That looks like efficient. I think I just got a bad pump. I will look into another one.


My gravel is medium in size, and I have not changed it since the beginning. Should I change it?
Before you introduce new fish IMHO and if it were mine I would
Prepare dechlorinated tap water of sufficient quantity to wash the gravel;
Very, very gently remove the gravel from the tank.
if you just use the random "scoop and get it out as quickly as possible" method I anticipate that your tank water will turn brown.
Gently return the gravel to your tank.


Thanks for this tip. I've done the "I can't see my poor fish" scooping gravel, and felt terrible for the poor guys in the water. And I did it while the tank was half empty. Live and learn.



The filter only has a sponge and the white rocks for bacteria to grow in it. I'm not using the carbon since I've read here that it's really not necessary, but my water smells bad and I'm thinking I should use it again.
This does not make sense to me with respect to the published attributes of your filter:
A patented flow control feature, a basket to hold all filter media in one accessible place and a clear filter case for quick visual check of conditions; are all custom features that will make this filter simple to use. Included are: foam, carbon and BioMax media. Cut to fit precisely, the foam media will trap dirt and debris. The carbon used will efficiently remove organic compounds, dyes and medications. Biological colonies will be allowed to grow using BioMax, converting ammonia and nitrite to nitrate.


The three media are separate. A basket will contain all three but it doesn't have to. So I insert the sponge, and then top it with the rocks. If I wanted to use the carbon, I would insert the carbon packet in between the sponge and the rocks. But it works fine without the carbon. I think. Hmmm... Now you got me thinking...

What are your thoughts on carbon?
For normal use no.

Ok.

I was thinking that maybe the fish were dying because they needed more oxygen, so I bought a bubble bed, one of those tubes you put down at the bottom, and it's about maybe 6 inches long. I've attached to an air pump, the lowest setting one the sell, but I get this feeling that the bubbles it creates might be too much for the fish to handle. They look (especially the clowns) not happy when the bubbles are on, so I feel bad and turn them off at night (I figure they can sleep better in quiet water).
Please refer to my previous comment concerning turbulence in the tank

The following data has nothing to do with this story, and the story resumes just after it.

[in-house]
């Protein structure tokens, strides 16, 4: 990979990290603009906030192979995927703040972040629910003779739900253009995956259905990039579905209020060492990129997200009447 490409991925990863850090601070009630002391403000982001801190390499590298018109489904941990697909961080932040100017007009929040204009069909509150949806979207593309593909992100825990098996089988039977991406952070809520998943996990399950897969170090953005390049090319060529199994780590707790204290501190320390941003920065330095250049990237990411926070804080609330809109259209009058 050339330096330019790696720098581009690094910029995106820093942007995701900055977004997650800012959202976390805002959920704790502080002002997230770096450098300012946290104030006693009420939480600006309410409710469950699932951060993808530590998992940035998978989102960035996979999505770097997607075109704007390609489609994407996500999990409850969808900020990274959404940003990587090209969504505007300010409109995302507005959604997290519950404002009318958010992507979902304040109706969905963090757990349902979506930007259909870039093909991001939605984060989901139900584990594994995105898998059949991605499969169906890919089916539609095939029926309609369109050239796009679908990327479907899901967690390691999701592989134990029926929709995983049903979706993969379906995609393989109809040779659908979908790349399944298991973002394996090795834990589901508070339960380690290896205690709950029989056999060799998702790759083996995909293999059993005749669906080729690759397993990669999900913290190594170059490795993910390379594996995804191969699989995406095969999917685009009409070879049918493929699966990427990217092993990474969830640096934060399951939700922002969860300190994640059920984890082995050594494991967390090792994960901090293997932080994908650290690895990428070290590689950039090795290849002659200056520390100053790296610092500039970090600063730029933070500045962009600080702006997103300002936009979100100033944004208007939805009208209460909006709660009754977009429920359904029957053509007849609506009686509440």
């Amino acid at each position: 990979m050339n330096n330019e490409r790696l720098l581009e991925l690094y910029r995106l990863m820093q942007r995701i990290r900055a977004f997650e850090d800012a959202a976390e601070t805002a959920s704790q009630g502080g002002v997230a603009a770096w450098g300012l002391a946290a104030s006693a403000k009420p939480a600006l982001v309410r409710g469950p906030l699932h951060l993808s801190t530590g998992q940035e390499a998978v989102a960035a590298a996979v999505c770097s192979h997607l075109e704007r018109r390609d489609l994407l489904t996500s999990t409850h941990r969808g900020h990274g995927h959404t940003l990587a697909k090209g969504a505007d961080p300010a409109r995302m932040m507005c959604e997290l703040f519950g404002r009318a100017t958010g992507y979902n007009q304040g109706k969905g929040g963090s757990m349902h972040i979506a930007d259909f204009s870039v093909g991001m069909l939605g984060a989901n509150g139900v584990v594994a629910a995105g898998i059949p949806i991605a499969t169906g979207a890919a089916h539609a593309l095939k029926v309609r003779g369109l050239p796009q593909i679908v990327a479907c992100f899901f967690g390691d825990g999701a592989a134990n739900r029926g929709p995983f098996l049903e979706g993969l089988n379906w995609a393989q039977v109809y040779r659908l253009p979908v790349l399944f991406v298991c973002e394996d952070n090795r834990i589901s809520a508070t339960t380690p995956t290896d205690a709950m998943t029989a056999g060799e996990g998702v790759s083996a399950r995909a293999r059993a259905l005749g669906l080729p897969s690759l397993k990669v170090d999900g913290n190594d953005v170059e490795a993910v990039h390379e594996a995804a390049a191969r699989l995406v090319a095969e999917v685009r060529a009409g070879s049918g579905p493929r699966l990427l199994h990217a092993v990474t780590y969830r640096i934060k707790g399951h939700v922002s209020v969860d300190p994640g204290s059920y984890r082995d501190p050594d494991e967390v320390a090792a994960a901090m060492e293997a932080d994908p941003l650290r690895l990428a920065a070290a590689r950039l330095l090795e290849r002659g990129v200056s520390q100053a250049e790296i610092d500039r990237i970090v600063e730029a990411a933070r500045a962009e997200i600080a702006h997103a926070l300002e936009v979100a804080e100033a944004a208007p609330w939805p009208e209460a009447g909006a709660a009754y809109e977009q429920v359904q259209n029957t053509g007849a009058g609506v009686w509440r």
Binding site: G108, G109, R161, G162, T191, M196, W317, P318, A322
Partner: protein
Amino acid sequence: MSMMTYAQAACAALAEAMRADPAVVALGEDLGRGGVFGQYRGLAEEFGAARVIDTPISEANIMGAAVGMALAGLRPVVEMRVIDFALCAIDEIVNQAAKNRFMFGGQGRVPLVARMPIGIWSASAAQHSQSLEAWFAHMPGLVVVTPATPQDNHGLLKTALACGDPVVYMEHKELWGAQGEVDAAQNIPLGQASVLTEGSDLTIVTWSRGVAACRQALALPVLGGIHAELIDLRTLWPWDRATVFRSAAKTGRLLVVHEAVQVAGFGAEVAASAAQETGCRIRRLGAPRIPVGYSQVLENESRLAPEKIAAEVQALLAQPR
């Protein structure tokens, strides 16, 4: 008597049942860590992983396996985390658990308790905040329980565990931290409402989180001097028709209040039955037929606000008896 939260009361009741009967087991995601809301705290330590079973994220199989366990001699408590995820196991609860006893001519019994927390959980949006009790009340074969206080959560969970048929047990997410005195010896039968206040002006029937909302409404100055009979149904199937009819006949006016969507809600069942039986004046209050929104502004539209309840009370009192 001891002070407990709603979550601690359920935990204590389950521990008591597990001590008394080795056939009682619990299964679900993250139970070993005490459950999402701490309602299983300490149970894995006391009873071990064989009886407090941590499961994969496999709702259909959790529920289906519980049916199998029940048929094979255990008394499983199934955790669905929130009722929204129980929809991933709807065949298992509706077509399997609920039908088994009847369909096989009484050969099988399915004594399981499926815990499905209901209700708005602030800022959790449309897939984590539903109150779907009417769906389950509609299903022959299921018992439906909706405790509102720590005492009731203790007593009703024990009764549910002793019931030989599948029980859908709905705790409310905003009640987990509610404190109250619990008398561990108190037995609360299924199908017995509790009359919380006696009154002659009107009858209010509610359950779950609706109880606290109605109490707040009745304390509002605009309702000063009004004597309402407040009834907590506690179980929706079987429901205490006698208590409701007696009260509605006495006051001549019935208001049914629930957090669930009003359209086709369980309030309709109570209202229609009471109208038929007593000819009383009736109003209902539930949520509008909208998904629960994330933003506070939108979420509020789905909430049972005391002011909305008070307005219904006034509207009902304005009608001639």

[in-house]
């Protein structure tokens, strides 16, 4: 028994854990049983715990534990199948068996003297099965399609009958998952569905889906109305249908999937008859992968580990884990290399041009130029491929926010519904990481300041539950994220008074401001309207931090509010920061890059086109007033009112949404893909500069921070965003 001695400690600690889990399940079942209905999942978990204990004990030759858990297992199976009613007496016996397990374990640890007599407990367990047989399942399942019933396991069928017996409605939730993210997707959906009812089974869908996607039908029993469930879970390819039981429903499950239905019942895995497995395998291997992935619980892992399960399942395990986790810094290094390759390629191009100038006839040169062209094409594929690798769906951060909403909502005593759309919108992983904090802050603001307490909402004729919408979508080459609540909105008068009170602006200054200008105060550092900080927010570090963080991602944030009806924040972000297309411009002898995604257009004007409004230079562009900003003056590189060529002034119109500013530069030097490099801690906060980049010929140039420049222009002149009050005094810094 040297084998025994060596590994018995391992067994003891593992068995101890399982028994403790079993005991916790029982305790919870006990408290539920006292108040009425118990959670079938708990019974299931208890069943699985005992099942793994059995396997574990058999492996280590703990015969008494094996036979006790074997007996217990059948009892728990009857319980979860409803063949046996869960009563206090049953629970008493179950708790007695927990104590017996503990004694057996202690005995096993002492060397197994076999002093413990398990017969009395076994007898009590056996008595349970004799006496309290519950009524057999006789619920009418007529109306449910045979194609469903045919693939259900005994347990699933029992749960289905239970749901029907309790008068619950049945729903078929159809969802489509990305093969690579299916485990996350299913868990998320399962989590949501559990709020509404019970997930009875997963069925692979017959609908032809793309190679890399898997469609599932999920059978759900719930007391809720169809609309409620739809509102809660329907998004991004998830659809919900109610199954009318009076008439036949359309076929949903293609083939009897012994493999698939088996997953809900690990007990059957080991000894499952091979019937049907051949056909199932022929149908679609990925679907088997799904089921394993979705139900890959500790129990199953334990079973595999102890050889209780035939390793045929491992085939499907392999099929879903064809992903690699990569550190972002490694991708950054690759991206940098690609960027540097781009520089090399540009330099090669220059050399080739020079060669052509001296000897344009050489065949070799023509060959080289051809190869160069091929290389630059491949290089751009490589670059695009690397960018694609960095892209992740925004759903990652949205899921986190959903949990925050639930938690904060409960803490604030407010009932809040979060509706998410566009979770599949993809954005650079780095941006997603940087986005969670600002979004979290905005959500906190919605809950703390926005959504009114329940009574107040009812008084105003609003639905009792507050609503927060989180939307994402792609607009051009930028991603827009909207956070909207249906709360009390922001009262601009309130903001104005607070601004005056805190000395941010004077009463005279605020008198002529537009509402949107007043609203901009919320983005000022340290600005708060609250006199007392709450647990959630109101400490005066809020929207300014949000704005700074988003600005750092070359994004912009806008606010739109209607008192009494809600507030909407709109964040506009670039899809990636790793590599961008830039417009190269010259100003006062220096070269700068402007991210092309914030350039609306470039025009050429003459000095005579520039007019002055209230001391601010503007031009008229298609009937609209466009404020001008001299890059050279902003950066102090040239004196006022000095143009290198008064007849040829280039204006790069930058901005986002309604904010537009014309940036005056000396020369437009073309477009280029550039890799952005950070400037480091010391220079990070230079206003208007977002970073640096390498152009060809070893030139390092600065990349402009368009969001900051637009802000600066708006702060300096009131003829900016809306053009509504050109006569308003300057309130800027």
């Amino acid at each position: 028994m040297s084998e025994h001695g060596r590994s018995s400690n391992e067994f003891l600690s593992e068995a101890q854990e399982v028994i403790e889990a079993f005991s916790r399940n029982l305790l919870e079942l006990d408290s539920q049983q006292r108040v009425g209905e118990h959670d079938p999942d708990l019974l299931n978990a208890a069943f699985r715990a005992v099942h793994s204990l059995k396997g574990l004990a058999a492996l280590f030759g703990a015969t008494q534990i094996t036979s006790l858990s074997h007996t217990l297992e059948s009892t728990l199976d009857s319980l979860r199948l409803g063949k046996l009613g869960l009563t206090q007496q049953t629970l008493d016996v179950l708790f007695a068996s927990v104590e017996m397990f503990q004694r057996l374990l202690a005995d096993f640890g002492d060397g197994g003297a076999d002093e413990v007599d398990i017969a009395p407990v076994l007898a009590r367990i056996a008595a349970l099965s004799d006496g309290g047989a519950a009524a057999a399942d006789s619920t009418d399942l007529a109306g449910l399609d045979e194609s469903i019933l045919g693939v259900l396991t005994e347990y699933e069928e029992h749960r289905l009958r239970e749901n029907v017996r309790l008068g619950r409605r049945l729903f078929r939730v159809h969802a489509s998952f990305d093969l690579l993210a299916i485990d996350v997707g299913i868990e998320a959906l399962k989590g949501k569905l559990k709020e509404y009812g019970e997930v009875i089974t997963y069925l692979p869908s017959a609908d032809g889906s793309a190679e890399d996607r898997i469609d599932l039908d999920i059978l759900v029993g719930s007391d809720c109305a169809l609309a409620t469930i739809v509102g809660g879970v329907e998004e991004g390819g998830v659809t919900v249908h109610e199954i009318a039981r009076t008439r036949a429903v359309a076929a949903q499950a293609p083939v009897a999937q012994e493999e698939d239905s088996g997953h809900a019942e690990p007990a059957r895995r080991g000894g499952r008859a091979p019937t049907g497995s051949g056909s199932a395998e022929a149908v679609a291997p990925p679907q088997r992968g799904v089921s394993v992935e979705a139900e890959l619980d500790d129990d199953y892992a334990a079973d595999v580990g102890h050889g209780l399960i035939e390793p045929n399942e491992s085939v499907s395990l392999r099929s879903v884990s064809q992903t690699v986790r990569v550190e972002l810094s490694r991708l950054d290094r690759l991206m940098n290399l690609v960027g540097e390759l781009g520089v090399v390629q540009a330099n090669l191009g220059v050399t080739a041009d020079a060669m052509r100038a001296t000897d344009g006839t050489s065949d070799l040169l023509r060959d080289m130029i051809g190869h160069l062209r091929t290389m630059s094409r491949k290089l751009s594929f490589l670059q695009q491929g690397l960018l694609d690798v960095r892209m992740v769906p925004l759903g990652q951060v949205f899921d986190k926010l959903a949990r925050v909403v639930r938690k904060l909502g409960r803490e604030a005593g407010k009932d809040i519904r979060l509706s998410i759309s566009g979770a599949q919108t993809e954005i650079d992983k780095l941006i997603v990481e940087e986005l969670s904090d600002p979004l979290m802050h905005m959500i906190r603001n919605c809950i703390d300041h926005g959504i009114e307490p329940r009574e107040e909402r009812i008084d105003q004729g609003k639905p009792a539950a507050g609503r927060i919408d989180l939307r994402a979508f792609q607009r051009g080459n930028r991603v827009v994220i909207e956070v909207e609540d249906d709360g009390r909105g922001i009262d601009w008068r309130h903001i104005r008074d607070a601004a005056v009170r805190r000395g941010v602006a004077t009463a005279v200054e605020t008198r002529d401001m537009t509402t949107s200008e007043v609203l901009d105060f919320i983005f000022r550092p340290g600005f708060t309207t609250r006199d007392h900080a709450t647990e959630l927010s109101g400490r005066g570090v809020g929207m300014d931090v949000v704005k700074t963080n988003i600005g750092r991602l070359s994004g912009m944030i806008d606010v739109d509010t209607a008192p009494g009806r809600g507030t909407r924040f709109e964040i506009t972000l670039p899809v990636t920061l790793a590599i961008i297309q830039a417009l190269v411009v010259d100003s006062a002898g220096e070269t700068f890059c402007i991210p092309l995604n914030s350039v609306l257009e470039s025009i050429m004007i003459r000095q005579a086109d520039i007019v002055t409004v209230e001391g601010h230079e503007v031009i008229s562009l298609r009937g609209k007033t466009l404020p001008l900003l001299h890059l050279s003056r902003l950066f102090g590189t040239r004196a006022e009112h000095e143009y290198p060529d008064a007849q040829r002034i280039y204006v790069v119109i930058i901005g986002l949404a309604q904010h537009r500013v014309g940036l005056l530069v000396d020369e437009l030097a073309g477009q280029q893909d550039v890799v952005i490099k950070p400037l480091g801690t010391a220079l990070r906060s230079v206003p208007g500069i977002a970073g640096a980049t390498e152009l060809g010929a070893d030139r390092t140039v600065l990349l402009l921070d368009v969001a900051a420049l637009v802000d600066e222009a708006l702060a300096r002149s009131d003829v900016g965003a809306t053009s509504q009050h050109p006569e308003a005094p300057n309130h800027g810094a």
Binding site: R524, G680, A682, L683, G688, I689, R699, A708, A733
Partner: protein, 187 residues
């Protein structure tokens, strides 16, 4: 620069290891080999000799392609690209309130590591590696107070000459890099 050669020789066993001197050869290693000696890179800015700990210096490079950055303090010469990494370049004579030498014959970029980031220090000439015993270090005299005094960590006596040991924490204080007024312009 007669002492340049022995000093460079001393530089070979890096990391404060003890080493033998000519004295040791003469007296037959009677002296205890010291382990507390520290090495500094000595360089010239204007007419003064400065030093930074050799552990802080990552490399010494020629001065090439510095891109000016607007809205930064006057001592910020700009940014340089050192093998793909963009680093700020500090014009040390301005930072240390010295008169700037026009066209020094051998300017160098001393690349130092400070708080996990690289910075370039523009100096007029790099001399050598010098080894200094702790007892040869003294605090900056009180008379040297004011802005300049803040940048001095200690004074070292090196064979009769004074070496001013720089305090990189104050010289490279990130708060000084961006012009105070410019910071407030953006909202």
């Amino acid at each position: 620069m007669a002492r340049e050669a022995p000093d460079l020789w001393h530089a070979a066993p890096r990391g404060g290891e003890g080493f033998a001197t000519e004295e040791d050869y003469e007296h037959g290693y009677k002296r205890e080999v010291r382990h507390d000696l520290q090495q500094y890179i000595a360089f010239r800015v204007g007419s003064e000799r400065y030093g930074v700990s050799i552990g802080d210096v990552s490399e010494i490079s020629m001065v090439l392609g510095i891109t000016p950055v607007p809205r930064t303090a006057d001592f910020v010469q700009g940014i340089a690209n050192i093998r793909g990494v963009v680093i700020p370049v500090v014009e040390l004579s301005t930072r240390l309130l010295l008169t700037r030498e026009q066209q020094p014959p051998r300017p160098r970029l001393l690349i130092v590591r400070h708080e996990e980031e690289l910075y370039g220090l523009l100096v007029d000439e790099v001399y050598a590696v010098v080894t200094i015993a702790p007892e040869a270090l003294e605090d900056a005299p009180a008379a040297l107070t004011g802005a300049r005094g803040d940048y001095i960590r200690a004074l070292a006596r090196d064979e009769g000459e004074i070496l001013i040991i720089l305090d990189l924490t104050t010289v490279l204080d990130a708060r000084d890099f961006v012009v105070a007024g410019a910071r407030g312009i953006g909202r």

So now I'm torn, is this bubble bed good for them or not? Do they need extra oxygen? Is it my imagination, or the bubble bed makes the water dirty faster?

I have a big castle in the water (ok, maybe a bit too big for this size of tank), and it has turned into the clowns home. They rarely come out of there, one a bit more than the other, and of course when I'm not around. Is this ok? I've read it's good that they have a hiding place, but they really live in there more than out. And is there such a thing as a TOO big decoration for the tank? Can it hurt the tank?
Do not have a clue here.

Lastly, my water levels. My pH is low, about 6.4. I've been able to have no ammonia nor nitrites. But nitrates are always a problem. I do 25% water changes every week but always get high nitrates readings, in the 40s.
Please check the nitrate concentration in your tap water and report back.

Almost 0. The color is not quite bright yellow as it should be, but not as dark as the next level (5).


And now that I really have only 3 fish in there, it actually looks like the water has deteriorated. It's as if the tank just gets worse and worse, no matter what I do, and no matter how many fish in there.
Oh, one more thing. Is it normal that every thing in the tank now looks full of algae and green, should I wash the decorations and the fake plants, and strip them of this slimy coat they have?
What and how much are you feeding?

I feed them flakes, a pinch twice a day. Sometimes I vary with blood worms or shrimp pellets or frozen shrimp brine. But mostly is flakes.

Thank you so much for all your help! I feel that if I went to a vet (fish vet), and paid for a visit I would never get the same amount of help I get out of nice people like you. Keep up the great work, it is surely appreciated.

Elisa




I've attached a picture. The molly on the right is still alive. The two guppies on the left are gone :(

That's the big castle and you can see the bubble wall.

Please refer to
http://www.fishforum.com/viewtopic.php?p=28022
as it may be of some help in your "algae fighting"?

TR
elisa is offline   Reply With Quote
Old 09-07-2007, 01:36 AM   #13
 
Instead of the carbon in your Aquaclear you could put in products such as Algone or Clearmax (used to be phos-x). They help remove phosphate, which will help prevent algae, nitrate and nitrite. Also if you have a large buildup of nutrients doing the frequent small water changes should remove alot of the excess nutrients in a couple of weeks.

With that gravel vac you should be able to insert the large tube into the water and remove all air from it. Then proceed to pump the tube up and down, it should trap water into the hose. Eventually the water will start pulling itself from gravity and you should have a bucket or something nearby to catch the water. As long as the water level in the tank is higher than the bucket it will continue to siphon. Then you simply stick the vacuum into the gravel untill it is clear again and move it to a new place.

If you can find a way to put a sponge in front of your filter it will help divert the flow while also adding more biological filtration.

Try adding a few more fake plants to give more hiding spots for the fish since the loaches have territory over the castle.

There is a product for air pumps that controls the air flow. You could always purchase one and use it to regulate the amount of bubbles the air pump creates. http://www.drsfostersmith.com/produc...17&pcatid=8017

I hope i could help a little. Good luck! :D